Title: Heart-on-a-chip for Modelling of Healthy and Diseased Myocardium
The new field of organ-on-a-chip engineering, relies on engineered, microfabricated, devices to drive establishment and measurement of critical physiological properties (e.g. contractility). My group has lead the way by a) defining an electrical stimulation protocol, in Nature Methods of ramping frequency increase (up to 6Hz) that enables iPSC-CM maturation; and as described in Cell by b) eliminating the use of drug absorbing PDMS; c) enabling non-invasive continuous measurement of contraction force by imaging; d) creating defined atrial, ventricular and atrioventricular tissues from human iPSC and e) modeling a polygenic cardiac disease, left ventricular hypertrophy, for the first time using cells from patients with high blood pressure who are enrolled in NIH HyperGen study. Critical for this success is the electrical field stimulation of iPSC-CM derived tissues using ramping frequency increase. In our initial experimental design, we ramped the frequency up to 3Hz expecting cell maturation, as heart rate peaks at 3Hz at 7 weeks gestation. Ramping the frequency to 6Hz was originally designed with the expectations that heart failure conditions will arise since pacing was too fast. Surprisingly, the data demonstrated superior cell maturation in the 6Hz vs 3Hz group. In a follow-up, we learned that we can achieve much needed atrial vs ventricular specification depending on how fast we ramp up the frequency to 6Hz and that we can build precious diseased heart muscles from patient iPSC if we stimulate long enough. In this presentation, I will present our most recent data on modelling covid19 induced myocarditis and testing of new molecules that prevent cytokine storm as well modelling cardiomyopathies resulting form ion channels and structural protein mutations. I will also show how to scale up the heart-on-a-chip device production by 3D printing and use PEDOT:PSS flexible conductive electrodes for recording of electrical impulses within the tissue.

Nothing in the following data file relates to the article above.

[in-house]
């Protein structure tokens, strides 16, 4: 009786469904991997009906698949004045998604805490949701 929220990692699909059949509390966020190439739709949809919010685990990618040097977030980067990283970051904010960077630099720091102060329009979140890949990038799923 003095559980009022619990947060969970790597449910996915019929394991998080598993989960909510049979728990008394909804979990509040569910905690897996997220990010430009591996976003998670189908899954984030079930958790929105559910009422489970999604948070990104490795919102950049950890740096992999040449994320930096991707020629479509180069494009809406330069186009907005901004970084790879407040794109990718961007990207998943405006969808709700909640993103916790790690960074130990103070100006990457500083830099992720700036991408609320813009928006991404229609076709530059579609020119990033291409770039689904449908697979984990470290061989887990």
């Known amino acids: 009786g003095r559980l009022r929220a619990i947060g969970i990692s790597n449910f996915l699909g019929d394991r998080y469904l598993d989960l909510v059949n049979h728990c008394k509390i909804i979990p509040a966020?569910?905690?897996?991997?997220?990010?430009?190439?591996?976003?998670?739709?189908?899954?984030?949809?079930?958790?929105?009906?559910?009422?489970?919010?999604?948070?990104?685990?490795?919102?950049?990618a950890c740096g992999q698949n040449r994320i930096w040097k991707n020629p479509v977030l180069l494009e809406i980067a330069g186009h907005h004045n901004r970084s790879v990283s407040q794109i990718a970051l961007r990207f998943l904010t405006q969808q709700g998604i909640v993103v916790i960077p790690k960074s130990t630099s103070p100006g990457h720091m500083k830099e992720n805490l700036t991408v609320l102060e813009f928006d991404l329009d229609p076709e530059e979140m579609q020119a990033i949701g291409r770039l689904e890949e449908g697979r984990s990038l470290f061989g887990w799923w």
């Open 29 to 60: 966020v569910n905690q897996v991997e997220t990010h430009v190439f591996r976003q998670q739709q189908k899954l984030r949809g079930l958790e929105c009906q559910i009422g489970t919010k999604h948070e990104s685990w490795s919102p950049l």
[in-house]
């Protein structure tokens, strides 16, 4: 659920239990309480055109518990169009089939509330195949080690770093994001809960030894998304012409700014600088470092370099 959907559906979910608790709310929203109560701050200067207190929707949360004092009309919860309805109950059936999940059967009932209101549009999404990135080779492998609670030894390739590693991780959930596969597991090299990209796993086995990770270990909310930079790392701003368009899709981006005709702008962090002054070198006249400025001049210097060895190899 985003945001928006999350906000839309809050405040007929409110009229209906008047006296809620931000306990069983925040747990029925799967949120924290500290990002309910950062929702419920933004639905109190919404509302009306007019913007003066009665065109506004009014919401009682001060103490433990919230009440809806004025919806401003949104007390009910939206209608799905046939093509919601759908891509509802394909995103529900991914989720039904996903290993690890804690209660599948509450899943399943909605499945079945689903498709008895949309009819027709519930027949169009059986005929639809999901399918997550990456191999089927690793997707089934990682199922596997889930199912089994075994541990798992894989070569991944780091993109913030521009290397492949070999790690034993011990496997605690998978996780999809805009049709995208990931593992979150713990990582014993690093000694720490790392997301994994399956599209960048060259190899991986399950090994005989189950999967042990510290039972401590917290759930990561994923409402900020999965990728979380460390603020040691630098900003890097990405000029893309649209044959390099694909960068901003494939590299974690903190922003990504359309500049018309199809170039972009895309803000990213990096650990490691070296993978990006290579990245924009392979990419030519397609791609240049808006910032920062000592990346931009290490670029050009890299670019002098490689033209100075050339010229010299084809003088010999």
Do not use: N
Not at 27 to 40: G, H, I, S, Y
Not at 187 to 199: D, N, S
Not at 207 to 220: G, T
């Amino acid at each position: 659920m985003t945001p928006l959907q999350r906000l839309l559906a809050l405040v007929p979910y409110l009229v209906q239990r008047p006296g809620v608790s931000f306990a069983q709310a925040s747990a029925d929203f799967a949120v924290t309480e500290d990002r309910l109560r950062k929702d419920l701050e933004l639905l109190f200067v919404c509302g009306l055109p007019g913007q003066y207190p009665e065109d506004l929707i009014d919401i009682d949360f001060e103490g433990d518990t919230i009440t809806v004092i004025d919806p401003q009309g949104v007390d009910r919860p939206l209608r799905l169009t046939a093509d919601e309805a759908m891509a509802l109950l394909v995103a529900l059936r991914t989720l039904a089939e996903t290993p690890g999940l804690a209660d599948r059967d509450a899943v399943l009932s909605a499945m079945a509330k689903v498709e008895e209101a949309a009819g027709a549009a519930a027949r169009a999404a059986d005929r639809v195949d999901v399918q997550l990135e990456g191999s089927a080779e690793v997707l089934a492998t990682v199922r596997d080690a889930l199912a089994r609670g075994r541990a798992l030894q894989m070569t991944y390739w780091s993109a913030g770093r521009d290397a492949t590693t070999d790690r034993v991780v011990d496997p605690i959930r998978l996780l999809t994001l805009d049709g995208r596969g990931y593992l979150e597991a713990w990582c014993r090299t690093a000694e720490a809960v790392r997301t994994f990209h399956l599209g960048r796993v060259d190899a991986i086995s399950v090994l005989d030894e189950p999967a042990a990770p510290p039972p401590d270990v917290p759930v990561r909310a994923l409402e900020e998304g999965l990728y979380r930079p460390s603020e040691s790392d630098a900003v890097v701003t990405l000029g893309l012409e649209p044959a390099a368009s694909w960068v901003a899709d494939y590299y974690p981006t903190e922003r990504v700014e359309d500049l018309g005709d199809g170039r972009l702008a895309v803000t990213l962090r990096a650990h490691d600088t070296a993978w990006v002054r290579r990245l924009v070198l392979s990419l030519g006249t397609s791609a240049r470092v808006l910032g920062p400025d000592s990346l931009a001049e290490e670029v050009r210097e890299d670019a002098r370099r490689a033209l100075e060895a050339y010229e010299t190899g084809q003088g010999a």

Dr Milica Radišić is a Professor at the University of Toronto, Tier 1 Canada Research Chair in Organ-on-a-Chip Engineering and a Senior Scientist at the Toronto General Research Institute. She is also Director of the NSERC CREATE Training Program in Organ-on-a-Chip Engineering & Entrepreneurship and Director of Ontario-Quebec Center for Organ-on-a-Chip Engineering. She is a Fellow of the Royal Society of Canada-Academy of Science, Canadian Academy of Engineering, the American Institute for Medical & Biological Engineering, Tissue Engineering & Regenerative Medicine Society as well as Biomedical Engineering Society. She received numerous awards and fellowships, including MIT Technology Review Top 35 Innovators under 35. She was a recipient of the Queen Elizabeth II Diamond Jubilee Medal in 2013, NSERC E.W.R Steacie Fellowship in 2014, YWCA Woman of Distinction Award in 2018, OPEA Research & Development Medal in 2019 and Killam Fellowship in 2020 to name a few. Her research focuses on organ-on-a-chip engineering and development of new biomaterials that promote healing and attenuate scarring. She developed new methods to mature iPSC derived cardiac tissues using electrical stimulation. She is an Associate Editor for ACS Biomaterials Science & Engineering, a member of the Editorial Board of Tissue Engineering, Advanced Drug Delivery Reviews, Regenerative Biomaterials, Advanced Biosystems, Journal of Molecular and Cellular Cardiology and eLife. She served on the Board of Directors for Ontario Society of Professional Engineers, Canadian Biomaterials Society and McMaster Alumni Association. Her publications appeared in Cell, Nature Materials, Nature Methods, Nature Protocols, Nature Communications, PNAS etc.